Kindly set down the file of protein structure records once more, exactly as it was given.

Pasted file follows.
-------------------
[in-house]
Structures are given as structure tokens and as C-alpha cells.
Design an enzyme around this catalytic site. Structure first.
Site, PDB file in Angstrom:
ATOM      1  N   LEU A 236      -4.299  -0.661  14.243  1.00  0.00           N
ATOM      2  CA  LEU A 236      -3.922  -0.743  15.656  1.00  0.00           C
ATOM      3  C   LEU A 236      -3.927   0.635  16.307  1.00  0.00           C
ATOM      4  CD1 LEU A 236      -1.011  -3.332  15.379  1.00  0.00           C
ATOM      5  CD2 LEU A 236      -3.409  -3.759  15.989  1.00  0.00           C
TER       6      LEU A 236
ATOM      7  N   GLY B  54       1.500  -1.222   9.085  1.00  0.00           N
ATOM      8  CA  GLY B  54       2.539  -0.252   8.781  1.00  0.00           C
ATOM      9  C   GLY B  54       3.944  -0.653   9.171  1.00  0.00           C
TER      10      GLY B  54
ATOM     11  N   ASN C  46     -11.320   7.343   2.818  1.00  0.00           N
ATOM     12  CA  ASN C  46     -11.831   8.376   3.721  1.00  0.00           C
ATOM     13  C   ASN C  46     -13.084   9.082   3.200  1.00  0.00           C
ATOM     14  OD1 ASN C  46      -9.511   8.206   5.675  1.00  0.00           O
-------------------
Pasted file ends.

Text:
[in-house]
Structures are given as structure tokens and as C-alpha cells.
Design an enzyme around this catalytic site. Structure first.
Site, PDB file in Angstrom:
ATOM      1  N   LEU A 236      -4.299  -0.661  14.243  1.00  0.00           N
ATOM      2  CA  LEU A 236      -3.922  -0.743  15.656  1.00  0.00           C
ATOM      3  C   LEU A 236      -3.927   0.635  16.307  1.00  0.00           C
ATOM      4  CD1 LEU A 236      -1.011  -3.332  15.379  1.00  0.00           C
ATOM      5  CD2 LEU A 236      -3.409  -3.759  15.989  1.00  0.00           C
TER       6      LEU A 236
ATOM      7  N   GLY B  54       1.500  -1.222   9.085  1.00  0.00           N
ATOM      8  CA  GLY B  54       2.539  -0.252   8.781  1.00  0.00           C
ATOM      9  C   GLY B  54       3.944  -0.653   9.171  1.00  0.00           C
TER      10      GLY B  54
ATOM     11  N   ASN C  46     -11.320   7.343   2.818  1.00  0.00           N
ATOM     12  CA  ASN C  46     -11.831   8.376   3.721  1.00  0.00           C
ATOM     13  C   ASN C  46     -13.084   9.082   3.200  1.00  0.00           C
ATOM     14  OD1 ASN C  46      -9.511   8.206   5.675  1.00  0.00           O